I was anticipating the casework and presentation to be a bit sloppy, but I quickly grew to respect both the prosecutor and the defense attorney, both women. If I ever need a good defense attorney, I now know whom to ask for. The defense attorney was particularly insistent. Did we understand that the defendant was presumed innocent? Did we understand that the prosecutor had to prove these particular charges beyond a reasonable doubt in order to convict the defendant of this felony charge?

Enter the prosecution witnesses: three Fairfax County police detectives who in early October 2009 apparently were shadowing this man as he left a Bally’s Gym off the Shirley Highway. Left unstated, but reading between the lines, was that the defendant knew he was being shadowed as he pulled into a parking lot, turned around and started heading back toward the Capital Beltway. He even dodged onto an off ramp then illegally dodged back into traffic. All the detectives testified they smelled unburned marijuana when approaching the vehicle. All detectives also noticed that as he was pulled over he leaned toward the passenger side. They noticed some part of the plastic bags sticking out of the glove compartment, opened the glove compartment, assessed it was marijuana and arrested the suspect. The scale was found later in a search of the car.

While the case looked straightforward, it was not. The defense attorney in her opening statement said there would be testimony from the family that the defendant’s younger brother had purchased the marijuana in D.C. Moreover, the defendant did not own the car; it belonged to his father. He also carried over $1000 in his wallet. There were lots of circumstantial evidence but no one could testify they actually saw the defendant put anything into the glove compartment. If he did seal the bags, it was done in a hurry, and the bags that were presented looked well sealed. The defendant had no drug paraphernalia on him, yet the detectives said there was a strong odor of marijuana when they approached the car.

We shuffled off to lunch with strict instructions not to discuss the case. It was an odd lunch because the defendant and his family were sitting two tables away and the three detectives were three tables away watching him. By two p.m., we were back in our jury room, waiting to be summoned back into court. We waited. And waited. Conversation became more difficult as we were running out of things to talk about. Nevertheless, we could read the tealeaves.

It became official around 2:30 when we finally got back into the courtroom. The defendant had pled guilty to a lesser charge. We were not told what he had pleaded guilty to, but simple possession of marijuana seemed likely. While I had not yet heard the defense witnesses, copping a plea seemed an obvious act for the defendant. In my mind, the prosecution had not proven intent to distribute marijuana beyond a reasonable doubt. Reading between the lines, this defendant seemed to have been tracked by detectives before and probably had other encounters with the law that we were not told about. I would not have been surprised if the defendant had actually been some low level distributor, but the evidence was just not there to convict beyond a reasonable doubt. Yet he probably felt he might have gotten a hung jury and some other jury might convict him. There was probably enough evidence to convict him of possession of marijuana if that had been the charge. Intent to distribute was a stretch given the evidence.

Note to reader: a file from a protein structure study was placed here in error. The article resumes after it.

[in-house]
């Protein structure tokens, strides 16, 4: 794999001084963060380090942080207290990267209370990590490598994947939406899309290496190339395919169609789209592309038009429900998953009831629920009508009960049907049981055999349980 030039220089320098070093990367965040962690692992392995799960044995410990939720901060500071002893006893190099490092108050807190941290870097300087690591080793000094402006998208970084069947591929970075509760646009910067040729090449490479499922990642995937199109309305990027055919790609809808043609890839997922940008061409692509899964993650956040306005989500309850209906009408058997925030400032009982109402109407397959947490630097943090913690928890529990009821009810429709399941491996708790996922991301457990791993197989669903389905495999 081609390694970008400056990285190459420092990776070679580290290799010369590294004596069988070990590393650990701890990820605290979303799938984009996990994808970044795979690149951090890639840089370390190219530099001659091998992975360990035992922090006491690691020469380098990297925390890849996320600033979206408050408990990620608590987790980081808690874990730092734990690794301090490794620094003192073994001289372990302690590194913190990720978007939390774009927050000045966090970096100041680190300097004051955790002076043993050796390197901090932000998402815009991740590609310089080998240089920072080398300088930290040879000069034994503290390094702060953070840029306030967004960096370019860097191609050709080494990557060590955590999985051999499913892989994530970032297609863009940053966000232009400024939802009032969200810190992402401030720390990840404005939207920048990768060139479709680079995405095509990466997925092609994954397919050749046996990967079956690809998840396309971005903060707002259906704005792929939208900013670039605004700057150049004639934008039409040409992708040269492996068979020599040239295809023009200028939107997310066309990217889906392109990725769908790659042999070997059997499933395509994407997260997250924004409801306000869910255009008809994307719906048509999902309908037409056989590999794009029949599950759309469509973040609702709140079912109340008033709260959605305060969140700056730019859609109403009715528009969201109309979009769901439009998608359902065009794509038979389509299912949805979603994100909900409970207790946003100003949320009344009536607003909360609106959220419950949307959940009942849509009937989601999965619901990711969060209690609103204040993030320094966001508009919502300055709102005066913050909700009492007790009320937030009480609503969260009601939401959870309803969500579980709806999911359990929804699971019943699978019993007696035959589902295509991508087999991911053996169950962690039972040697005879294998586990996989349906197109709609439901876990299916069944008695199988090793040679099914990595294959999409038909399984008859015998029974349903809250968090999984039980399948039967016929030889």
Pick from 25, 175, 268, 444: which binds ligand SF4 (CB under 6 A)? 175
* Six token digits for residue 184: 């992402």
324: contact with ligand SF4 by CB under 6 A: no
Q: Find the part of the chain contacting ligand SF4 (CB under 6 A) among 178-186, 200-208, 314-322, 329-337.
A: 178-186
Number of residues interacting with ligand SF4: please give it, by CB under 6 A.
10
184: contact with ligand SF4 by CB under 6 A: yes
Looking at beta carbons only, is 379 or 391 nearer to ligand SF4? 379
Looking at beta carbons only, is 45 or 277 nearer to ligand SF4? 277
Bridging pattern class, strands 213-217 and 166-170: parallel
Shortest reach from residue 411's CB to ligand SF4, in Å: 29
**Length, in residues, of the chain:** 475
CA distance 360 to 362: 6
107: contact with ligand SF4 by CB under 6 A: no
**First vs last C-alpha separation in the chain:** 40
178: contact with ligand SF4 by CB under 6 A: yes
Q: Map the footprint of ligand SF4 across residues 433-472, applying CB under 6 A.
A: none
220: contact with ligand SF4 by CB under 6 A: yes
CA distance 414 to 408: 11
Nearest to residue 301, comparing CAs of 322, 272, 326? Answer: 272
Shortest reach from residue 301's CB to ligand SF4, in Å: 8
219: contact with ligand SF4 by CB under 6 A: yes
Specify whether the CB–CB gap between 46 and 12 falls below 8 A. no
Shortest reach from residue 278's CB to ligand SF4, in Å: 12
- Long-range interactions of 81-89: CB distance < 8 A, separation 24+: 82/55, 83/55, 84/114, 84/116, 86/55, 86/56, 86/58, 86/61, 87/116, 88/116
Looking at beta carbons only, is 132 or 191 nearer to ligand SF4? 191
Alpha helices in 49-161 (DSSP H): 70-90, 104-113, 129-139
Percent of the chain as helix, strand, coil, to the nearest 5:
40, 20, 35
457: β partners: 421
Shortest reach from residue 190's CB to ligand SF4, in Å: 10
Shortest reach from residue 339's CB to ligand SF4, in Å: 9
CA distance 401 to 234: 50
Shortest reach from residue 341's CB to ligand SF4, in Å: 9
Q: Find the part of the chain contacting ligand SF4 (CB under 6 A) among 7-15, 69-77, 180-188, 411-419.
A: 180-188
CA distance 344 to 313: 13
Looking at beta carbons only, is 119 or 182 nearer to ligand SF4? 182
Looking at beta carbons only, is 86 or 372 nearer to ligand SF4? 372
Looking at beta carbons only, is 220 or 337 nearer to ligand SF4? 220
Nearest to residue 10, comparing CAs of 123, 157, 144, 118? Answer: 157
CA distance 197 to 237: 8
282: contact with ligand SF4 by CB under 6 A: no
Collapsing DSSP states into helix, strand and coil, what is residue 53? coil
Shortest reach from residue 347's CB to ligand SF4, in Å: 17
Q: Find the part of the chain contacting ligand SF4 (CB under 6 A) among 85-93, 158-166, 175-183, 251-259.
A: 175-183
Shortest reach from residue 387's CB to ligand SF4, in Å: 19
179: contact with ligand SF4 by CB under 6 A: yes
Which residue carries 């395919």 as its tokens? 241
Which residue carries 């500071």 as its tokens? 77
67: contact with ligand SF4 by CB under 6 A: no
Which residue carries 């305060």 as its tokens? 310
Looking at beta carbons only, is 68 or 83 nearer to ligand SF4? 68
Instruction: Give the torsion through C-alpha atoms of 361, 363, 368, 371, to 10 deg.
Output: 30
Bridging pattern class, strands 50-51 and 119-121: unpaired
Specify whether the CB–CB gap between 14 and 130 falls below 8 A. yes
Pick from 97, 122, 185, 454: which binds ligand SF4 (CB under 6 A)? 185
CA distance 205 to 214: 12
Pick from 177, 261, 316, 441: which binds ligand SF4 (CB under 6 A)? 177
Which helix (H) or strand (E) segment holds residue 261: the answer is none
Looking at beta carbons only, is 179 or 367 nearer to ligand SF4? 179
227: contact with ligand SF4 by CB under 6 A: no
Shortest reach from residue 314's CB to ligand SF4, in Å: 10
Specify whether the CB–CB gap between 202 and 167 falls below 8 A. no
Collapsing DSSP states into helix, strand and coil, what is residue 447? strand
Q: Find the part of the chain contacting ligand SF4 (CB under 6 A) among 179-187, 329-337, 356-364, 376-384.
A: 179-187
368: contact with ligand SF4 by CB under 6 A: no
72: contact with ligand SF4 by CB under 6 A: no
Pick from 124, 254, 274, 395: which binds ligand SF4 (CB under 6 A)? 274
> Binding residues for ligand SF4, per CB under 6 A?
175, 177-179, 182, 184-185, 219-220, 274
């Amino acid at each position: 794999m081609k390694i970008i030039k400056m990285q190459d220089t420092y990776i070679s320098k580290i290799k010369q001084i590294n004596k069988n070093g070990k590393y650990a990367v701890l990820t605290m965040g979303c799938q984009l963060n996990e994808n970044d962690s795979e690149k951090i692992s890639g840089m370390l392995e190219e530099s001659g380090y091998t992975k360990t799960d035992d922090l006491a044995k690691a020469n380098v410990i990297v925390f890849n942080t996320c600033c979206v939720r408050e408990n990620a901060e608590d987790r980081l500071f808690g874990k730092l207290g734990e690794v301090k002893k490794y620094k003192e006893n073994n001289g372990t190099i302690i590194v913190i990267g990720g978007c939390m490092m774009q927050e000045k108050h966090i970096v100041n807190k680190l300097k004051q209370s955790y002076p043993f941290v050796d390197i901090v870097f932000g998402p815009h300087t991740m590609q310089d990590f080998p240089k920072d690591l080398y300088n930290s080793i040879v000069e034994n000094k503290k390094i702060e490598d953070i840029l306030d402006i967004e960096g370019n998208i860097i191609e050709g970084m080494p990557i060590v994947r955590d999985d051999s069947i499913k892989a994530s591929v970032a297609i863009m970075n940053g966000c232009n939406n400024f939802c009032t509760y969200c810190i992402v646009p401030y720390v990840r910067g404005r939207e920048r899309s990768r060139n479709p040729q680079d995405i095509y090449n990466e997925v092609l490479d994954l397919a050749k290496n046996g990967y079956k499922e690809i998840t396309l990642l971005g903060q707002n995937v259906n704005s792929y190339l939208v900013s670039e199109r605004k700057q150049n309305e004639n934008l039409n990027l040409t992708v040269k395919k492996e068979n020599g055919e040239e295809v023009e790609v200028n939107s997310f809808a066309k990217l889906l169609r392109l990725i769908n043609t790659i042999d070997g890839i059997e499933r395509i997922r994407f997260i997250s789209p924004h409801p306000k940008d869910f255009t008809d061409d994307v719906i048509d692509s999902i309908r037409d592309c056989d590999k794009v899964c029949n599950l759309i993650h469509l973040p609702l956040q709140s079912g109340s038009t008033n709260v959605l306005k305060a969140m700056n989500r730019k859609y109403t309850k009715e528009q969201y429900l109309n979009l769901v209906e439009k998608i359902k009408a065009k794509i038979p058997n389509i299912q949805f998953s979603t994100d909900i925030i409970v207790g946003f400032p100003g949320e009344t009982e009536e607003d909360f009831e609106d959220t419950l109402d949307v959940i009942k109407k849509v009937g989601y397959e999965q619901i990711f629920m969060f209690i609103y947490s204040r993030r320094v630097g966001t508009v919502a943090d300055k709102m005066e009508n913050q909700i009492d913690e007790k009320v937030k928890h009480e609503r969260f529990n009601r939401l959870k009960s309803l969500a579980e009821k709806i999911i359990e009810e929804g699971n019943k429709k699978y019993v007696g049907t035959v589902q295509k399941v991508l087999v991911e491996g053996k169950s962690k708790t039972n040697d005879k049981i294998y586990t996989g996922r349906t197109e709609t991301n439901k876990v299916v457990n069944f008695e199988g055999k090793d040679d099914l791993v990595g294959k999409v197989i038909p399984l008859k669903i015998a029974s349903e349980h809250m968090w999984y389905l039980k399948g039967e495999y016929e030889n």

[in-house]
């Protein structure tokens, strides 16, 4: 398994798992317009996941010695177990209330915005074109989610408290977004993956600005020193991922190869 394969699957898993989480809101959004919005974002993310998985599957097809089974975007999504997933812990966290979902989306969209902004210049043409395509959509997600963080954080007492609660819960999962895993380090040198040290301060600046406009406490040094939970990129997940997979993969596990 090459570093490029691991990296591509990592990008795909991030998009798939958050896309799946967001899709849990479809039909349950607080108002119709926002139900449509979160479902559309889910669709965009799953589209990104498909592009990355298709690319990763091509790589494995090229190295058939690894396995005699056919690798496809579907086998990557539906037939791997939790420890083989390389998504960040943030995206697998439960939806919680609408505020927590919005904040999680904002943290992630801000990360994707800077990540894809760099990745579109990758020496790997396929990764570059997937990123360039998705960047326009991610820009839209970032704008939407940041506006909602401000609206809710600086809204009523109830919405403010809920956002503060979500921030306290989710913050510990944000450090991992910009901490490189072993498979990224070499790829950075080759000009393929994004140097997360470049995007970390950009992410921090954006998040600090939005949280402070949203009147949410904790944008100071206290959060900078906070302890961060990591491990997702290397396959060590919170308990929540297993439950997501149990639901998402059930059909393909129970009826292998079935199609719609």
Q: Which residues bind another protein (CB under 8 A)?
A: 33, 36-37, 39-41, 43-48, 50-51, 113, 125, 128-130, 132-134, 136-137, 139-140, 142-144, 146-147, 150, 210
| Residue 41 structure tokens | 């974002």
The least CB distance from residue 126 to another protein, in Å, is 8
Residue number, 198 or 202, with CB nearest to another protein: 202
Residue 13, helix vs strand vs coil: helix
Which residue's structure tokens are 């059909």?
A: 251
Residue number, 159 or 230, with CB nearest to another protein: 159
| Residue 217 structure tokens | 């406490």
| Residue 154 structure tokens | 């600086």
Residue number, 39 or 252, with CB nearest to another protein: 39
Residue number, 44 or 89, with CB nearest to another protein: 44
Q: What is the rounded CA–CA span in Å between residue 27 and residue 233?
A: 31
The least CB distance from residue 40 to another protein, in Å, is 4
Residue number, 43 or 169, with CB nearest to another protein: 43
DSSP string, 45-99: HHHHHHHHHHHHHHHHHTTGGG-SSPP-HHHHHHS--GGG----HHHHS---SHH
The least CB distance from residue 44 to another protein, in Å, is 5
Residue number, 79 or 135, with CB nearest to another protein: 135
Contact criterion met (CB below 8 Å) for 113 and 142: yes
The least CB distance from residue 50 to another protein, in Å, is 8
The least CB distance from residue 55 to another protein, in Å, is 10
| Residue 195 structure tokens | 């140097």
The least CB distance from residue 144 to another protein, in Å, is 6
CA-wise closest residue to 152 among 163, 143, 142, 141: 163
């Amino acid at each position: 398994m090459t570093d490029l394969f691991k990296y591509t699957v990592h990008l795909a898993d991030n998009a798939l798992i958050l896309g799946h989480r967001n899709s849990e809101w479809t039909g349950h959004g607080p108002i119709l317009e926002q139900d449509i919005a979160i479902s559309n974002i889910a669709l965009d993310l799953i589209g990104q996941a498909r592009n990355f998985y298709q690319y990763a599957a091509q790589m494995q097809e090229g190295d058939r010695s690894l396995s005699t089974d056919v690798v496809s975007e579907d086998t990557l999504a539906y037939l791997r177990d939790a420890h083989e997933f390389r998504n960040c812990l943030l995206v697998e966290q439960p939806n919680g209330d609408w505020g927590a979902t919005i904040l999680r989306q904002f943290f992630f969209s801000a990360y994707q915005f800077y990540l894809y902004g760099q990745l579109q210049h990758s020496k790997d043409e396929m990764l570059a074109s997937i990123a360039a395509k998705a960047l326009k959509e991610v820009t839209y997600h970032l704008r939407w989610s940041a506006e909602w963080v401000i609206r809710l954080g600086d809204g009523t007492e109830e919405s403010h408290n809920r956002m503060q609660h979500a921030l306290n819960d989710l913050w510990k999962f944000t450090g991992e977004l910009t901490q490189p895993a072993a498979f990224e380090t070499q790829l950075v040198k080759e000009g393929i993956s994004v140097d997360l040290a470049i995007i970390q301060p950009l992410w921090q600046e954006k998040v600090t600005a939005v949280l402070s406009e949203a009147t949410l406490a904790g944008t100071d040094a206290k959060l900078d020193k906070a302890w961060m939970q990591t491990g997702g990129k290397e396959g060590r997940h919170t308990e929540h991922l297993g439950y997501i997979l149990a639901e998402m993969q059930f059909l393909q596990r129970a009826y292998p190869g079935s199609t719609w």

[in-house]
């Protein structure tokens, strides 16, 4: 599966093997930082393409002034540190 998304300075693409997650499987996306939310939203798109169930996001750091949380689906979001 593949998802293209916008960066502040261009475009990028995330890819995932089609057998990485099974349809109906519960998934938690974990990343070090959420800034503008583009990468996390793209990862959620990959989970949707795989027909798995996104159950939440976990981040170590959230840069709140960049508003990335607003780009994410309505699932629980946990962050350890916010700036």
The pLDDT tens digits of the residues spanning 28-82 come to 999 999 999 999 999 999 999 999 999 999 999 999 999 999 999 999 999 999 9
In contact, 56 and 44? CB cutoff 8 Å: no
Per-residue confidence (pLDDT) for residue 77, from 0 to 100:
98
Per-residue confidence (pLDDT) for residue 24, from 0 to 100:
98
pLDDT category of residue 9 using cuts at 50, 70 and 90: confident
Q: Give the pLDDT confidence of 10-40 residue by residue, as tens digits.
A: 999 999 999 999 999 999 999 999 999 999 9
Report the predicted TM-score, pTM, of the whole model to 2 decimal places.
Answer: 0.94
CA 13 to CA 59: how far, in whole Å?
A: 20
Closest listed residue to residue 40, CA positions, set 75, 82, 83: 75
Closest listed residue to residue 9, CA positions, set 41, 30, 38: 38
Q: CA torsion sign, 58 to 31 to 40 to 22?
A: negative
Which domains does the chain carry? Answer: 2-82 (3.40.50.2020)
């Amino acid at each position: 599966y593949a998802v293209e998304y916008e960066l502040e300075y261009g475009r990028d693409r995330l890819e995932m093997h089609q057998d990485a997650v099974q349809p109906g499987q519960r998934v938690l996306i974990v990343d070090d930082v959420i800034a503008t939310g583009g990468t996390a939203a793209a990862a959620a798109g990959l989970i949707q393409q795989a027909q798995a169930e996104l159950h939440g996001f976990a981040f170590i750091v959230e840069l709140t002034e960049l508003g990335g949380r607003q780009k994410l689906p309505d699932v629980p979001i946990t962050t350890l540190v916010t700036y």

We were thanked for our service and I was back in my office by 3:30. I know I won’t be summoned for at least three years by this circuit court. Most likely, this was my one and only chance to be a juror and yet I judged nothing, just listened impartially. However, the judge did thank us. A jury trial often leads to these last minute plea deals. The trial becomes the wedge that can move a case toward settlement.

My guess is that if summoned for jury duty your odds are at best one in three that you will actually decide a case. Off the bat, you have close to fifty percent odds that you will be excused for one reason or another. Our case was likely not atypical in that in the middle of it, prosecution and defense decided to agree to settle for lesser charges.

Still, it was an interesting day. Our judicial system does work and it was all handled with great professionalism. While courts and juries make their share of mistakes, it works quite well. I left feeling grateful for our judicial system and feeling confident that if I were brought up on criminal or civil charges, I too would get a fair trial.